Jodie Howell, JRMC Director of Quality, says, “My daughter gets to help me wrap gifts. And while I’m cooking, my husband’s always very eager to help clean up, so he’s the cleanup crew. We always divvy up things, and we always try to make it fun. If we’re cooking a big meal or we have a ton of gifts to wrap or have to be somewhere in a hurry, we all just try to pick something and make sure that the load is even. Many hands make for light work.”
7. Do it ALL early.
- Cleaning: Try taking this weekend to get the house completely ready for Christmas. Especially if guests are coming in, you’ll enjoy their arrival much more if you’re not still cleaning an hour before they arrive. That way you have some time to rest and actually enjoy your guests rather than feeling exhausted when they arrive.
- Wrapping: Set a date for having every present bought and then another for having every present wrapped.
- Party! It could be a good idea to invite a few friends over and bake big batches of sweets. Swap recipes and help each other get all the desserts made a few days early. This can also be done with tree decorating, Christmas wrapping and other holiday tasks.
8. Put enjoyment over tradition. Is there something your family does every year that is “just what you do” but no one really enjoys it?
Susan Townsend, JRMC Wellness Center member and volunteer, says, “Get rid of the ‘perfect, just like it’s always been’ idea of Christmas. Embrace change – it will turn out great!”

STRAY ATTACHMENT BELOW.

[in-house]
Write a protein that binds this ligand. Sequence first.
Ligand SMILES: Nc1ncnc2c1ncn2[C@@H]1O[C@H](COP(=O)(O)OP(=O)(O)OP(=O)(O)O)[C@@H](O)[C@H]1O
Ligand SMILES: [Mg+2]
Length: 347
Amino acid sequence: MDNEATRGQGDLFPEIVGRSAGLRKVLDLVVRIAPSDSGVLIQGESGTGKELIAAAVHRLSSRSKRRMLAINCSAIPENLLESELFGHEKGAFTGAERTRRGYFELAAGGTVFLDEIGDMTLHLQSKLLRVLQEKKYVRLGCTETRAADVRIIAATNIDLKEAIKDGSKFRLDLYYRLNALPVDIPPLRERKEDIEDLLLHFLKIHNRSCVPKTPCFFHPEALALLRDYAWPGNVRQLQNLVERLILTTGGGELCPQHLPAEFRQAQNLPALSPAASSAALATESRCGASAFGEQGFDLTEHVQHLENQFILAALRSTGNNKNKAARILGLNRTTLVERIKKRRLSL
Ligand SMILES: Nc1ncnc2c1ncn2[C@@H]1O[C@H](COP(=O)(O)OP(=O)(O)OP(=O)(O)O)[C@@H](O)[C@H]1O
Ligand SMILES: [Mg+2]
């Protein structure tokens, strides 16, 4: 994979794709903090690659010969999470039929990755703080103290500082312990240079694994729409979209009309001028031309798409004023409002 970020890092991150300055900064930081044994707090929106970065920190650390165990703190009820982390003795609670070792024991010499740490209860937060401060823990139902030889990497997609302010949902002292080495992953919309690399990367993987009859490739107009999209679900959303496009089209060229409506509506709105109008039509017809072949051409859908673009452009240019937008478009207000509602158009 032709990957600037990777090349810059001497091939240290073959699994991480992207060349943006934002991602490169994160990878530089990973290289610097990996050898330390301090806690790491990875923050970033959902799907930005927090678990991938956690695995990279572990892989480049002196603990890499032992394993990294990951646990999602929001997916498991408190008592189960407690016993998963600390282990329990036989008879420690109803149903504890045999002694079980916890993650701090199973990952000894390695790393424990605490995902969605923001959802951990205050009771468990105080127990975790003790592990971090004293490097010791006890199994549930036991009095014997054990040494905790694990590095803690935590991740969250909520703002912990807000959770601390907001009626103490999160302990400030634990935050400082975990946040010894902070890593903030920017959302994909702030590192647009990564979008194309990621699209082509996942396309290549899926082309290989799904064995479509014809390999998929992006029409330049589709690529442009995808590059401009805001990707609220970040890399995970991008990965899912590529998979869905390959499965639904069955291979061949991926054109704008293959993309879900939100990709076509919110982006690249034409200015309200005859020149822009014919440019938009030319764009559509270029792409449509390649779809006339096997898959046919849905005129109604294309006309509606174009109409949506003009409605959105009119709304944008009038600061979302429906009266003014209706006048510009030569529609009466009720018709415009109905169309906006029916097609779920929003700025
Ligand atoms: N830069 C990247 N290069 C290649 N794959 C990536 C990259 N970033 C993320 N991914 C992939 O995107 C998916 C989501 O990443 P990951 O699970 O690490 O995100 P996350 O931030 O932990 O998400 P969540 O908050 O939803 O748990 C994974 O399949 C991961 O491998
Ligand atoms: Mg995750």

9. Drop unnecessary expenses.
- If you’re taking family photos, don’t buy all new clothes for the whole family. Use what you have, because your style is awesome already, right? Also, try hiring out a student photographer or a friend. There are lots of people who want the opportunity to practice and will give a discount.
- Send an eCard instead of a Christmas card this year. It’s cheaper and can be sent to more people
10. Take time to enjoy the moment. Each night, try writing a list of three things you’re thankful for and want to remember. Slow down, rest and enjoy!
Mahogany Tolefree, JRMC Registered Nurse, says, “Christmas is a time to recharge and rejuvenate, spend time with your family and just live in the moment. In today’s world, everyone’s living in the ‘right now’ time. They want everything to be right now and to be perfect, and everything is not meant to be that way all the time. Sit back, relax and just enjoy the moment.”